[Marxism] FW: Hartford Courant: ANTI-NADER FORCES COORDINATE STRATEGY

Mark Lause MLause at cinci.rr.com
Tue Jul 27 09:17:34 MDT 2004


I’m forwarding this from the Nader list, because it represents a rather
straightforward bit of reporting about the conscious, ongoing effort of
pseudo-Leftish types to demobilize the third party movements.  

It is interesting how the media has chosen to cover the Nader-Camejo
campaign.  It can't spare the people and the space to go to a
Nader-Camejo meeting and report what the candidates say, but instead
reports at some length on the major party response to the campaign.

ML 
 
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http://www.ctnow.com/news/nationworld/hc-nader0727.artjul27,1,3315014.st
ory?coll=hc-headlines-nationworld 
Anti-Nader Forces Coordinate Strategy
By JANICE D'ARCY
Courant Staff Writer

July 27 2004

BOSTON -- On the 15th floor of a Holiday Inn just off a construction
site, Ralph Nader's running mate Peter Camejo held court in an empty
party room Monday morning. Only one reporter came.

Two hours later across town in the second-floor ballroom of The Four
Seasons Hotel some of the Democratic party's political elite gathered to
re-shape their anti-Nader campaign. Only one reporter showed up there,
too. But it was private, invitation only, no publicity.

The two scenes captured the essence of Nader's independent presidential
campaign. While polls show it is becoming statistically irrelevant
nationally - an effort mired in logistical battles to get on state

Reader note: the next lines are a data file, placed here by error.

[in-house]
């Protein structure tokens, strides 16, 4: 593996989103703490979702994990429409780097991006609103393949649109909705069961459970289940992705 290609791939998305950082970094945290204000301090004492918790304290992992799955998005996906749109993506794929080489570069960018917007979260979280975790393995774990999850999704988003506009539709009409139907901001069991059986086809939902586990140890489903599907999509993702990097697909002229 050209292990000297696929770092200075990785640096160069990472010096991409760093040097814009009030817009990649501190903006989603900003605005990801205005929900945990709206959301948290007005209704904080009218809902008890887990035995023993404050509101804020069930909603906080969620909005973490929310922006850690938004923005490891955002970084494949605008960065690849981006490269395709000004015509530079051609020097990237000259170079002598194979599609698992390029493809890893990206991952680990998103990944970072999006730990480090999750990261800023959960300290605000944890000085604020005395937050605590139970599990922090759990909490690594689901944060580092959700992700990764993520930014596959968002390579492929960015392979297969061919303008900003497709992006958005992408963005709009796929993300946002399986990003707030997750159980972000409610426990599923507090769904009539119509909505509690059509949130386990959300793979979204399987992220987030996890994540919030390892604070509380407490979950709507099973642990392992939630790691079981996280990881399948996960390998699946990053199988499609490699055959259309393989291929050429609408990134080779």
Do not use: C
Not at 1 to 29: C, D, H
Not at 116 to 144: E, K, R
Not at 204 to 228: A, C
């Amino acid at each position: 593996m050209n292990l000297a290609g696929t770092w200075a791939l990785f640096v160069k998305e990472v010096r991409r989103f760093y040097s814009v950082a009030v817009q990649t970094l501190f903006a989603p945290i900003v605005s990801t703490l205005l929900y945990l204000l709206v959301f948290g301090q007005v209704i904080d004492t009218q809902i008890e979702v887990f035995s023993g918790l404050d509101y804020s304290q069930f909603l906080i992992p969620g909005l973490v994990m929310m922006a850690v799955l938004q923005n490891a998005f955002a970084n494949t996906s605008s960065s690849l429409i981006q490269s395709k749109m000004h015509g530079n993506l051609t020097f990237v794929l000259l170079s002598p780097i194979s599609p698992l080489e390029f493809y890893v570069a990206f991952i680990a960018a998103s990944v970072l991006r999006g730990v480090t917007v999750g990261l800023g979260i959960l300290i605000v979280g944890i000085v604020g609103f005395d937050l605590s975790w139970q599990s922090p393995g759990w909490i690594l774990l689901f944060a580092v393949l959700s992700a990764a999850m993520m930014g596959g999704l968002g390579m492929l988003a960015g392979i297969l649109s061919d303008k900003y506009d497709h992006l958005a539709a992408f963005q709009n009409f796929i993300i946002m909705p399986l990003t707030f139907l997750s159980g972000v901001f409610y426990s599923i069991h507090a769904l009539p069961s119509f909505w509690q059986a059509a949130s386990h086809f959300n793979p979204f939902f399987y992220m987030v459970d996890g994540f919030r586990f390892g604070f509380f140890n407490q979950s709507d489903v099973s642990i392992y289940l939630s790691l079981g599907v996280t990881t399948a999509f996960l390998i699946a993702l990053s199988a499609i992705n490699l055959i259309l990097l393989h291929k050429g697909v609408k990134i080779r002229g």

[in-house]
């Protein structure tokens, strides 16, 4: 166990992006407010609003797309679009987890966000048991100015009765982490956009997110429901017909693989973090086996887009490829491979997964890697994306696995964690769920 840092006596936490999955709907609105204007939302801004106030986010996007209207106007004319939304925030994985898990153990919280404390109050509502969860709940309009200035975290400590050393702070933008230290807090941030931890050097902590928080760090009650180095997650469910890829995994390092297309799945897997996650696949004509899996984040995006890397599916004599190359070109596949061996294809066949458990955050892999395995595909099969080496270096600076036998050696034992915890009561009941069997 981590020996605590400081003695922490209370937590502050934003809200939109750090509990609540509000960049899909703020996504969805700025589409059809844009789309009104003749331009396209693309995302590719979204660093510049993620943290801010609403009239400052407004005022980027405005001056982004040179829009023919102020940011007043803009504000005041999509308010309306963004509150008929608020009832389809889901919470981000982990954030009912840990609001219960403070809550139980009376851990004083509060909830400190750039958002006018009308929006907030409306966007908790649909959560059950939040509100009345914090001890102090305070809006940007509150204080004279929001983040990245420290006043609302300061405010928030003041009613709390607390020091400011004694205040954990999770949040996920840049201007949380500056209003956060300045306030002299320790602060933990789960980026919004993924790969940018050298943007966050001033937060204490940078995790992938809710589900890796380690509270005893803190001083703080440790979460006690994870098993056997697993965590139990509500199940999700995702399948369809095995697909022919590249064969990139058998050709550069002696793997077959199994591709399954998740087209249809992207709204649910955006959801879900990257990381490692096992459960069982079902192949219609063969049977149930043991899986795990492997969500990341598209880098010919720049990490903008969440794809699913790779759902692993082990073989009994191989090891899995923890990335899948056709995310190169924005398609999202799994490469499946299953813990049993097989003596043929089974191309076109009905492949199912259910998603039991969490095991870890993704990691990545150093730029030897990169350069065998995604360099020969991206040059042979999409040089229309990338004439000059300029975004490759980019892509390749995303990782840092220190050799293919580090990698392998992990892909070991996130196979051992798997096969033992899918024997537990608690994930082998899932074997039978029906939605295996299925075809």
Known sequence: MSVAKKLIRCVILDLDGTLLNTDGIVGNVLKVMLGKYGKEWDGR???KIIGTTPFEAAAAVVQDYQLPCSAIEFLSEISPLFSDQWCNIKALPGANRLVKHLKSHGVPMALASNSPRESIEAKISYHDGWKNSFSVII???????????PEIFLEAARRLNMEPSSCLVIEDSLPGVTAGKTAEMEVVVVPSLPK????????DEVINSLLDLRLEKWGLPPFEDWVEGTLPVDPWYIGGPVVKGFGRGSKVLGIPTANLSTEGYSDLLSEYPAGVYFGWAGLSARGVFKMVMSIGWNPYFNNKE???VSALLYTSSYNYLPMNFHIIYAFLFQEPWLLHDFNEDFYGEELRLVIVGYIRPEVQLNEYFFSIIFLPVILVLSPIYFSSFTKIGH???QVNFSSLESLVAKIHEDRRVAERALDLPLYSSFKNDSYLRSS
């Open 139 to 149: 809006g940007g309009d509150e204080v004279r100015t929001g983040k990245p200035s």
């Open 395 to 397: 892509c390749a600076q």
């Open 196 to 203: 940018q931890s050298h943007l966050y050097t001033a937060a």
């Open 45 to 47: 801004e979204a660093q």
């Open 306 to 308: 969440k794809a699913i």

ballots and on the defensive about its relationship with Republican
backers - it has never been more of a threat to the Democrats.

The Four Seasons group, which does not necessarily want to publicize its
fear that Nader will ! siphon off crucial votes in swing states, is
spearheading an attack on Nader that promises a new coordination and
sophistication. It is using the Democratic convention as a way to
combine its previously independent efforts and focus them more
effectively.

"We're not going to let him do it again," said Toby Moffett, a former
Connecticut congressman and former Naderite who is now working to
coordinate the anti-Nader groups that have sprung up after the 2000
election. "We'll do whatever it takes within the law."

Moffett was among those gathered at the Four Seasons - a group a few
dozen in size that included Democratic pollster Stanley Greenberg;
former New York congresswoman Liz Holtzman; Roy Neel, former campaign
manager for Howard Dean; and Arianna Huffington.

Behind closed doors for more than an hour, they shared their research
and strategies to undermine Nader. Neel, for instance, is working on
voter models that help identify ex! actly who is likely to vote for
Nader.

"It's now our job to find those voters and educate them," said Neel
after the meeting. "Kerry and Edwards don't have the time or resources
for this targeted approach. We do."

They also discussed the results of polling that found when they
publicize Nader's acceptance of money and help from Republicans, it
erodes his support.

It's a claim Nader and Camejo call overstated and misleading. They say